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Is Instant Ramen a New (Prison) Currency?

Categories : Cash is the most widely used product
April 11, 2024
Tags : Means of Exchange, Prison Currency, Ramen, United States
Instant noodles are becoming increasingly popular worldwide. In U.S. prisons, they have supplanted tobacco, stamps, and pre-paid cards as a form of money.
Guillaume Lepecq

Chair, CashEssentials

This post is also available in: Spanish

A 6.2 Billion Kilometre Giga-Noodle

“If the entire (cooked) length of instant noodles sold around the world in a single year were laid out in a line, the resulting 6.2bn kilometer giga-noodle would stretch well beyond Pluto and into the depths of space. It is a fact as miserable as it is marvelous.” reports the Financial Times. In comparison, if all the world’s banknotes were aligned lengthwise, the distance would merely reach around 78 million kilometers, less than a third of the distance to Mars.

According to the World Instant Noodles Association (WINA), over 121 billion servings of instant noodles were sold in 2022. That is slightly less than the estimated number of banknotes printed each year, roughly 150 billion pieces, but it is close. In 2016, I wrote that banknotes were possibly the most widely used product in the world. The statement has yet to be challenged, but instant noodles seem to be a close second.

Beyond the global volume, the ranking of countries by demand illustrates another feature common to banknotes and noodles: universality. The WINA ranks 56 countries by the number of servings sold; as expected, the top five are Asian (China, Indonesia, Vietnam, India, and Japan). However, the USA is 6th, Brazil is 10th, Nigeria is 11th, and Russia is 12th.

Banknotes and noodles also have similar origins. The first paper currency is generally attributed to the Tang dynasty, which ruled China in the 7th century. Noodles were first mentioned in a 6th-century agricultural book, Qimin Yaoshu, also in China. The first instant noodles, Chicken Ramen, were invented in 1958 in Japan.

WINA highlights another feature shared by banknotes and noodles: their essential role in disaster recovery. The association’s website emphasizes numerous cases of donations of instant noodles as emergency rations in disaster-hit areas. Recent events include the earthquake in Morocco, the wildfires in Hawaii, the earthquakes in Syria and Türkiye, and the Russian invasion of Ukraine.

Despite these similarities, instant noodles do not qualify as money in the economic sense. They are neither a medium of exchange, a store of value, nor a measure of value.

Ramen is the New Prison Currency

However, instant noodles have become the new prison currency in the US. Ramen has now replaced the once-popular image of the cigarette as a form of currency. Inmates trade them for sweatshirts, toothpaste, and cleaning services. “They gamble with it. They even fight over it. Instant ramen, the tasty, cheap, and everlasting noodle packet, has replaced tobacco as the most popular form of currency in many US prisons,” according to an article by Michael Gibson Light, published in the journal Qualitative Sociology in 2018.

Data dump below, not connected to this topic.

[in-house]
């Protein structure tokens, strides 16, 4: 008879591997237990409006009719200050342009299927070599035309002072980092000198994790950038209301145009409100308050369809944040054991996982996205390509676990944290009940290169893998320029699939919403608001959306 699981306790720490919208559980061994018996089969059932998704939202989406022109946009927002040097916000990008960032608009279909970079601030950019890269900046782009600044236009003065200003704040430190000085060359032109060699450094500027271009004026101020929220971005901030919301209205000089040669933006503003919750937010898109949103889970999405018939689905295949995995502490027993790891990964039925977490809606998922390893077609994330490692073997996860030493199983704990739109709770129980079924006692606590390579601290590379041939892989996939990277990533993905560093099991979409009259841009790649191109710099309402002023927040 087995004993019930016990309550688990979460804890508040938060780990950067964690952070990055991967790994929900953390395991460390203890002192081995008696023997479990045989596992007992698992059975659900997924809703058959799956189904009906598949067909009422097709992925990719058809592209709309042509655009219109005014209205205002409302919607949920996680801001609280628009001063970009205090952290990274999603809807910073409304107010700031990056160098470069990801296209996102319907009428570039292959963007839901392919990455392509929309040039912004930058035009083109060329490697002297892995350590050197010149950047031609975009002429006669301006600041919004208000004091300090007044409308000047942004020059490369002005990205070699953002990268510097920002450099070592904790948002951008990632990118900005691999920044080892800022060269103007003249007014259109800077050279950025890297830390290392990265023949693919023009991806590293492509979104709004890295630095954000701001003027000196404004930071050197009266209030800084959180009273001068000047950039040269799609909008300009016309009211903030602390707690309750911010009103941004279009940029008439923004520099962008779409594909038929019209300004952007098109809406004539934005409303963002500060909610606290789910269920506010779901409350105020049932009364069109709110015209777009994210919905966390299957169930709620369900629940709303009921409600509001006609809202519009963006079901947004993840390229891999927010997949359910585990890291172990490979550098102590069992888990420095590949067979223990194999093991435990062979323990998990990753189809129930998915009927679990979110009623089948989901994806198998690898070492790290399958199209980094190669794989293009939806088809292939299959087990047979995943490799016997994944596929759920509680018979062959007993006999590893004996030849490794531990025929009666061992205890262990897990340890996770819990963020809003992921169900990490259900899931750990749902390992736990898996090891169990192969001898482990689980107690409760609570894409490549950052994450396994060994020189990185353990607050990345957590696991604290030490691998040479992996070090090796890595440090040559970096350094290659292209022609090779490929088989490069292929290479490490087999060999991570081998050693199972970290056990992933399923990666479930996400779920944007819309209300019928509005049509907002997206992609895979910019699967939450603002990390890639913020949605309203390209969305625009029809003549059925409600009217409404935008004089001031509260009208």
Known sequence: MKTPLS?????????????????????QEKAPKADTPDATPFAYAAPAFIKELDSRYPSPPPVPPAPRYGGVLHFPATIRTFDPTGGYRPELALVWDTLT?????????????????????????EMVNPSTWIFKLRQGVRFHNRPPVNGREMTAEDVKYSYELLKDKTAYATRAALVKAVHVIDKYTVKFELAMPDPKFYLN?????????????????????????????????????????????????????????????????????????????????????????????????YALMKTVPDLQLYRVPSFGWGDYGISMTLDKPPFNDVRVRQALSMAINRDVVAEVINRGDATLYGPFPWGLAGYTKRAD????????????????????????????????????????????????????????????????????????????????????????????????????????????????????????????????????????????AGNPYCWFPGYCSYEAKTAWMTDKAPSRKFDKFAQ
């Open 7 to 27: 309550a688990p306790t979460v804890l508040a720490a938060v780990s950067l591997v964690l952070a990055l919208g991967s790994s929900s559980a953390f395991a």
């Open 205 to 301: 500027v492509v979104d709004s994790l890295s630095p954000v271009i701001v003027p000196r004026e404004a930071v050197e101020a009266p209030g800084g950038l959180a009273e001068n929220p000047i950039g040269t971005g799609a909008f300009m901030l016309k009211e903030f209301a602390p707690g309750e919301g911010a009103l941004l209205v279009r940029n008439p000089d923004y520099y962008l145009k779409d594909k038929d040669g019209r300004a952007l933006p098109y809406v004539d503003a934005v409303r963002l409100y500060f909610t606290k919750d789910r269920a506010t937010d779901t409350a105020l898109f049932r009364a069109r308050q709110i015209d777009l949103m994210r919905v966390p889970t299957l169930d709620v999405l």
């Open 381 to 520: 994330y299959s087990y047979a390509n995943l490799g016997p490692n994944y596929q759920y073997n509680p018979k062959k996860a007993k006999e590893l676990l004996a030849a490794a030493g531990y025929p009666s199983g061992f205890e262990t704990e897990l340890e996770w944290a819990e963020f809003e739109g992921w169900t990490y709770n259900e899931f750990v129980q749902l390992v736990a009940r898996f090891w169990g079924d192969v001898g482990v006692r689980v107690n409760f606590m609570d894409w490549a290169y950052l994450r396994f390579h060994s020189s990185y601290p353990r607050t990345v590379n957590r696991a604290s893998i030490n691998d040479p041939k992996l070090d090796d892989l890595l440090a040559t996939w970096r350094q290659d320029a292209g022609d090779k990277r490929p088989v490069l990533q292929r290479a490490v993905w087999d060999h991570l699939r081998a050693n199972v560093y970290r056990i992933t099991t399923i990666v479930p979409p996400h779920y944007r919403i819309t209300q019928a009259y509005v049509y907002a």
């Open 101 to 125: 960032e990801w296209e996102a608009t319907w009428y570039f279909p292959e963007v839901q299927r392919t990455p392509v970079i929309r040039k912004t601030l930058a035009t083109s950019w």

Several items are banned in prison because they may raise the probability of escape or violence. This includes weapons, drugs, alcohol, lighters, and mobile phones. But seemingly innocent articles are also subject to bans: marmite as it contains yeast and may be used for brewing; chewing gum as it can be used to imprint a key; cash as it could encourage bribery.

Cigarettes, postage stamps, and pre-paid cards have all been used as medium of exchange in prison in recent history. In his 1945 article “The Economic Organisation of a P.O.W. Camp,” British economist R.A. Radford recounted his experiences within the informal barter system among prisoners at Stalag VII-A, a German camp on the outskirts of Munich during the Second World War. Using supplies delivered by the Red Cross, some prisoners moved between different nationalities’ encampments, buying tea for cheap from the French (who tended to prefer coffee) and then selling it to the British (whose affection for tea is a matter of centuries-old lore). Meanwhile, imprisoned Gurkha soldiers from South Asia sought out tins of vegetables and bartered them for corned beef.

Much like cash, says Gibson-Light, a single noodle packet can store value for some time, act as a standardized unit of account, and be easily exchanged for services and goods between buyers and sellers. Gibson-Light outlined several factors that make an excellent prison currency: It should be durable and portable, a “highly demanded commodity,” relatively easy to get, and can be eaten or turned into something “useful.”

Using ramen—and other commodities—as a form of prison currency illustrates the diversity in the existing forms of money. In cases where no other forms of public or private money are available, new means of exchange can be created; however, they are far from providing the same social benefits as cash: financial and social inclusion, economic stabilization, the resilience of the payments system, and protection of privacy.

This post is also available in: Spanish